By Sarah Scoles
Unusual silica formations spotted by a NASA rover look
a lot like structures formed by microbes around geysers on Earth
The hunt for signs of life on Mars has been on for decades, and so far scientists have found only barren dirt and rocks. Now a pair of astronomers thinks that strangely shaped minerals inside a Martian crater could be the clue everyone has been waiting for.
In 2008, scientists announced that NASA’s Spirit rover had discovered deposits of a mineral called opaline silica inside Mars's Gusev crater. That on its own is not as noteworthy as the silica’s shape: Its outer layers are covered in tiny nodules that look like heads of cauliflower sprouting from the red dirt.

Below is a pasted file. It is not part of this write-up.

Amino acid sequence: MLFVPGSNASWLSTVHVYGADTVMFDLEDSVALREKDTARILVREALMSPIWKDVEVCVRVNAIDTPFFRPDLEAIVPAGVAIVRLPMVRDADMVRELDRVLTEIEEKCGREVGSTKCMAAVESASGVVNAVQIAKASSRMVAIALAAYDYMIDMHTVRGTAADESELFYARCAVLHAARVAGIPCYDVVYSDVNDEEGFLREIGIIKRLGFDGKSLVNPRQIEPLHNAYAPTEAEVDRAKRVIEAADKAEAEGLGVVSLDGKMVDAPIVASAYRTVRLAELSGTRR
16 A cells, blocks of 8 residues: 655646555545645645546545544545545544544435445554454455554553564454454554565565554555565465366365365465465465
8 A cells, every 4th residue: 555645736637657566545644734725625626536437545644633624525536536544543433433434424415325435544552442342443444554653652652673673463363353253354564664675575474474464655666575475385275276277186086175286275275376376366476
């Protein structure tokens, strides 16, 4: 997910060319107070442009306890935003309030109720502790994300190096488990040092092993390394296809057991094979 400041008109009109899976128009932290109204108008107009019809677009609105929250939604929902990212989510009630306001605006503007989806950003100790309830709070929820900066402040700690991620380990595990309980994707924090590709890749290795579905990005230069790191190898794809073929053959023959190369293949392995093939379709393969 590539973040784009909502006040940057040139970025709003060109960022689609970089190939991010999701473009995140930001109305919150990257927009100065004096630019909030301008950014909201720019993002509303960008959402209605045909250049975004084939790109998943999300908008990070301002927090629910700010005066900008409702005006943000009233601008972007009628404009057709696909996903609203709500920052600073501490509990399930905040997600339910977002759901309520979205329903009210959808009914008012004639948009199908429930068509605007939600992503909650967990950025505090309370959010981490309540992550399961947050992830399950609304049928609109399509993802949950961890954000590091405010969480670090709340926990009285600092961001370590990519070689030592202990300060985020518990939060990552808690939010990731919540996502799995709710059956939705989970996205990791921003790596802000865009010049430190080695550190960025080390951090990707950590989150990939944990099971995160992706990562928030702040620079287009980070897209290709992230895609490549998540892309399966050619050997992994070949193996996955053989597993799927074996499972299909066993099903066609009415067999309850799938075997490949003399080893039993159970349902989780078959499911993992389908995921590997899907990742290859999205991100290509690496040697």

No one knows for sure how those shapes—affectionately called “micro-digitate silica protrusions”—formed. But based on recent discoveries in a Chilean desert, Steven Ruff and Jack Farmer, both of Arizona State University in Tempe, think the silica might have been sculpted by microbes. At a meeting of the American Geophysical Union in December, they made the case that these weird minerals might be our best targets for identifying evidence of past life on Mars. [...]
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